Monday, August 31, 2015

Full Speed Ahead

Full Speed Ahead!  (À toute vitesse)
How Fast Things Go
by Cruschiform


The seven year old prefers non-fiction and likes to know facts and more facts. So, when I brought home Full Speed Ahead! he was quite taken up with its simple format of showing how fast things go, in increasing speeds starting with Galapagos tortoise and Seahorses at 0.3 km/hr to a shooting star +100,000 km/hr.

Retro design with each double page spread showing the objects on the right side with the bare bones speed plus the name of the objects on the left hand page is easy on the eyes.

The French origins of the book explains some of the unfamiliar vehicles for the U.S. audience. Back of the book has more information about each of the objects.

[The blog post tells more about the book and has some lovely inside look]



Biggest, Strongest, Fastest
by Steve Jenkins


A permanent favorite in our house, Steve Jenkins' books are the perfect combination of visual artistry and nuggets of digestible facts.

As the title suggests, it lists fourteen members of the animal kingdom and their fascinating claim to fame, be it biggest or fastest, or like the anaconda which can swallow a deer or a goat whole.

The trademark cut-paper collage, plus minimum words that pack maximum impact, books like these are a must for every library.

Of course, we have many more books by Steve Jenkins on our bookshelf which are much loved even after a zillion reads over the last few years: Hottest, Coldest, Highest, Deepest; Just a Second; The Beetle Book; Eye to Eye; Down Down Down... just about every book by Steve Jenkins is much enjoyed and appreciated.

[image source: multcolib.org]

Friday, August 21, 2015

Interview with storyteller, Vikram Sridhar



An author, an illustrator, a publisher, a book seller, a reviewer - all are important in getting us closer to stories! However, in addition to a book, the role of a story teller is seldom looked at seriously.

We, in Bangalore, are blessed to have some amazingly committed and creative story tellers and Vikram Sridhar, is one of them! Here Is an interview with Vikram, that we hope all will enjoy!

Welcome to Saffron Tree, Vikram.





Tahatto - please tell us more about the name of your theatre group?

Tahatto is a like a sound .. Tahatto dhim tha dhimmi thakka thaha thaha tho dim thath thai .

It can be sound in multiple ways and that’s were the word comes from . The chant goes back to some say to the kings era where they were welcomed using the chant.

What are we if not for the sounds through which we communicate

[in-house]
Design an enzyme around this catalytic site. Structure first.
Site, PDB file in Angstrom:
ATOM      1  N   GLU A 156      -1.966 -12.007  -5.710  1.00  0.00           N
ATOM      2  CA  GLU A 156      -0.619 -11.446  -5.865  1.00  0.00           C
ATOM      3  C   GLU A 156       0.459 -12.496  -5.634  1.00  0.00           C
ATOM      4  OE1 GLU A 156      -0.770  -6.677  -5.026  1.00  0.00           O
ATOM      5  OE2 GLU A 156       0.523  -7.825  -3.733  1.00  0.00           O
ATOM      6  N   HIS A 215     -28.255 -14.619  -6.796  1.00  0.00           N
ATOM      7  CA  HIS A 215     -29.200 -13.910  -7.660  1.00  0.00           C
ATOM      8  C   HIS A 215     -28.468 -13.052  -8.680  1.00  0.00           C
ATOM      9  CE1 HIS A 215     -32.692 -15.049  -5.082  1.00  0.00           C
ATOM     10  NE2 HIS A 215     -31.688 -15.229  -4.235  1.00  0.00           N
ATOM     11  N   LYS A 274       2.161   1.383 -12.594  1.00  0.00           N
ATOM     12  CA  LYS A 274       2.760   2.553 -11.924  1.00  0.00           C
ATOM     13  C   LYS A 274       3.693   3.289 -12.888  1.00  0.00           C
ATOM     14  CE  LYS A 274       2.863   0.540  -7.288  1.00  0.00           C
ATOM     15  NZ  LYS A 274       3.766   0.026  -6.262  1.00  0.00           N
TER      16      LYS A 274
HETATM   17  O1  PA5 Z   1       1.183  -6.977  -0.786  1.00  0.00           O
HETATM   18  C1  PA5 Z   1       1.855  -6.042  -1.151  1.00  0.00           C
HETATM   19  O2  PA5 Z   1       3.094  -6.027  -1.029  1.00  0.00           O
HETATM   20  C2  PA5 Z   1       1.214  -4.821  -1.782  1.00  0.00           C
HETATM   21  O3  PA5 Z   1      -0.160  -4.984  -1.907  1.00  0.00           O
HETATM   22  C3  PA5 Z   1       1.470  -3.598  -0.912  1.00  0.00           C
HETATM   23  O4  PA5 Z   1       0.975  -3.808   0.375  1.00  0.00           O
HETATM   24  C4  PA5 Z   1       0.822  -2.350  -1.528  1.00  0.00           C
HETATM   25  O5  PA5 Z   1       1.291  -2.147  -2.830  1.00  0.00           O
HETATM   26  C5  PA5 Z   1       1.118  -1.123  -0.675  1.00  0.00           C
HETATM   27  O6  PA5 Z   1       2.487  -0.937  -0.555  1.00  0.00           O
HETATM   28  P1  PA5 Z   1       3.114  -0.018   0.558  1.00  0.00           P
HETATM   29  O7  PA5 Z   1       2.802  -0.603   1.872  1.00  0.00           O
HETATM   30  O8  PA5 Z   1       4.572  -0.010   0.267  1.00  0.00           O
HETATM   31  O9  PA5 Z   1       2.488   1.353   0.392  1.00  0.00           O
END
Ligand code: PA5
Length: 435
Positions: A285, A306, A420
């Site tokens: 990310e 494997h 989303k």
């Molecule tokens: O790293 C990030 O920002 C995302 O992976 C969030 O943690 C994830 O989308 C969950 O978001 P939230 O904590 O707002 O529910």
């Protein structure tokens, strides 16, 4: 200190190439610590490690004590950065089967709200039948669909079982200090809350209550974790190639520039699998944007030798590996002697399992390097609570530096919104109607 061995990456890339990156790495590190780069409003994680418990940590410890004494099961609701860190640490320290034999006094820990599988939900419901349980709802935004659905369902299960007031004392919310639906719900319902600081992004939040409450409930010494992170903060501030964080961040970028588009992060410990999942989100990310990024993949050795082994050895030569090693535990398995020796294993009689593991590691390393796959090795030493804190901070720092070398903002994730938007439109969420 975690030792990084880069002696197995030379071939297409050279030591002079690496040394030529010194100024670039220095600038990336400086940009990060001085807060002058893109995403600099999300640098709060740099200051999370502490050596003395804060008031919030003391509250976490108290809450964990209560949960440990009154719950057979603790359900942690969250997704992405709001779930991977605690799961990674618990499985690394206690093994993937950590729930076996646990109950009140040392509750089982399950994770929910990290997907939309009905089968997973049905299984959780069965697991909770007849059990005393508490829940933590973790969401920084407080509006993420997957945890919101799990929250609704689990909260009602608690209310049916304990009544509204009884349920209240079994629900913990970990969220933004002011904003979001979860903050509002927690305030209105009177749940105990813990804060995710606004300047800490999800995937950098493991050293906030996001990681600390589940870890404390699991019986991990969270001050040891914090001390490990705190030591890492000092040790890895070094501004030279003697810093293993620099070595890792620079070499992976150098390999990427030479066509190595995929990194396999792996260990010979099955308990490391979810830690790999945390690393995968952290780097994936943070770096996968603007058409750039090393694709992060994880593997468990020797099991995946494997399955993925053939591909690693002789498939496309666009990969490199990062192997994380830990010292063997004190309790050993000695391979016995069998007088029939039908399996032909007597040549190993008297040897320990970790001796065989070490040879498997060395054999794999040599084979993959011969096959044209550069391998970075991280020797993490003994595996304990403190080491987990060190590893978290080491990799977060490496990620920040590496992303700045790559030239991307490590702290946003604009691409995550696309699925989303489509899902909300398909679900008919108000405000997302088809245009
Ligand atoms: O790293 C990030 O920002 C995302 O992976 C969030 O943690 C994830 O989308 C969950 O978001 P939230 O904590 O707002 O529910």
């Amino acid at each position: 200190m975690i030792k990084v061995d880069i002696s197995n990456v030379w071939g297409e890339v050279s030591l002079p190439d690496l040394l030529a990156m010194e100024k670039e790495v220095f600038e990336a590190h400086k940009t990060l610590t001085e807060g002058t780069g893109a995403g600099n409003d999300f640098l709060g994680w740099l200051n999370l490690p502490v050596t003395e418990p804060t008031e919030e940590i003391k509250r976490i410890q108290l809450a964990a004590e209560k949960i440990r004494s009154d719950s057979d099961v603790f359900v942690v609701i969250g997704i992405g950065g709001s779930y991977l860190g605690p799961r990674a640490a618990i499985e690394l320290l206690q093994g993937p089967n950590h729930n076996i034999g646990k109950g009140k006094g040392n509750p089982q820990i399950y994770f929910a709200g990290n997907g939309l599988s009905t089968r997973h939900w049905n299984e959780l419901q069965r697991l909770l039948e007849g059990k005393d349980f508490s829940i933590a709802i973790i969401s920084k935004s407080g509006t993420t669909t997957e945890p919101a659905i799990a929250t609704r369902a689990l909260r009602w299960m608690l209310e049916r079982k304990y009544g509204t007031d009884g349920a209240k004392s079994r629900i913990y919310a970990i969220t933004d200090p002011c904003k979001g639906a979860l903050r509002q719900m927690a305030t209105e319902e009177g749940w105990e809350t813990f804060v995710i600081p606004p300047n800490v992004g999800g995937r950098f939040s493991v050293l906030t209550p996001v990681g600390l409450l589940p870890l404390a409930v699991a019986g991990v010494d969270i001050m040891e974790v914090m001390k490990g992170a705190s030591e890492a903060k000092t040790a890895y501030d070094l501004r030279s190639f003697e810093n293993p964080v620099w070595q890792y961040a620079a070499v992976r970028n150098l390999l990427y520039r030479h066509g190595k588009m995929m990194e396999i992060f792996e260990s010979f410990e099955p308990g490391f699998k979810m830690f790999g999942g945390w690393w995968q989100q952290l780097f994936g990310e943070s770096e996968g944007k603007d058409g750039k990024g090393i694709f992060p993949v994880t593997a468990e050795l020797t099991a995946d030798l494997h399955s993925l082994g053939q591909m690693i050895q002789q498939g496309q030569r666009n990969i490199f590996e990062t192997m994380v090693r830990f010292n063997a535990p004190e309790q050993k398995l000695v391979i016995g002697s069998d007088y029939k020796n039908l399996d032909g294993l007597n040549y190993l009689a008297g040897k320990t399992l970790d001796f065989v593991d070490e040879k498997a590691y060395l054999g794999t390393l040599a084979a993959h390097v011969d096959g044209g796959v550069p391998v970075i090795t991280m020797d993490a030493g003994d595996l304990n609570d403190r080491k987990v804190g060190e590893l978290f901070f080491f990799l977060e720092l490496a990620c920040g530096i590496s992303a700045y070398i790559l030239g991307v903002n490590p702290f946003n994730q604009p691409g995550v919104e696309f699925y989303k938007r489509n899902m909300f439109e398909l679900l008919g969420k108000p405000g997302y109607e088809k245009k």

You have two distinct lives - each using your brain and your heart in different proportions. How did you reach this happy place of balancing the two? Was the journey a tough one?

It is an ongoing journey. But it was essential for me to identify it at every point of time , and its like a see saw, which gets priority at which point of time as there are other stake holders involved at every point . Right through my school and college days I realized there is a difference in what some people study and what you want to pursue. I can go on rattling on this .. While there was a safe journey through the brain , there was the journey through the heart which I kept and keep nourishing . Be it conservation , theatre or social work . Having no direct precedence in my family or people around , I tried my best balancing them . And you always keep hearing certain words like "Its an hobby " , "you can do these in your college days" etc. . But the fact is I start pursuing these deeper only after my under graduation.






While reading A Bhil Story by Tulika recently, you invited the children attending an event to name the rooster based on colours - red, blue, purple? So how do you start a session typically?

Ha ha , yes , At the end of - it these are folktales ( the bhil story) and they come to us, being passed from generation to generation. So, in order to give it to the next, we have to make it theirs . Typically, some parts of the story I open it out and take names from the audience if it’s a folktale . And most of my sessions will start with an audience interaction and between themselves . How often do we connect with unknown people . Be it children or adults , we’ll always find something to connect and this gives me a great start to the session

You like animals, you mentioned. Why do you sit on the back of an elephant's back - please share with our readers!


The part of animals I like is ETHOLOGY. To put it in a sentence, ethology is the science of animal behaviour. It has nothing to do with anatomy or evolution, just their natural behaviour . I was someone who scored least marks in biology but wanted to be a doctor I take a chance, wherever and whenever, to spend time observing them. Be it dogs , elephants, even a dragonfly . And without a camera. It’s a great feeling and connection to just observe. On a deeper context, there is something called Inter Species communication which we are making redundant now. This just helps me to connect with that. For example, wilder beast and zebra, langur and deer, egret and buffalo, cats and dogs etc. .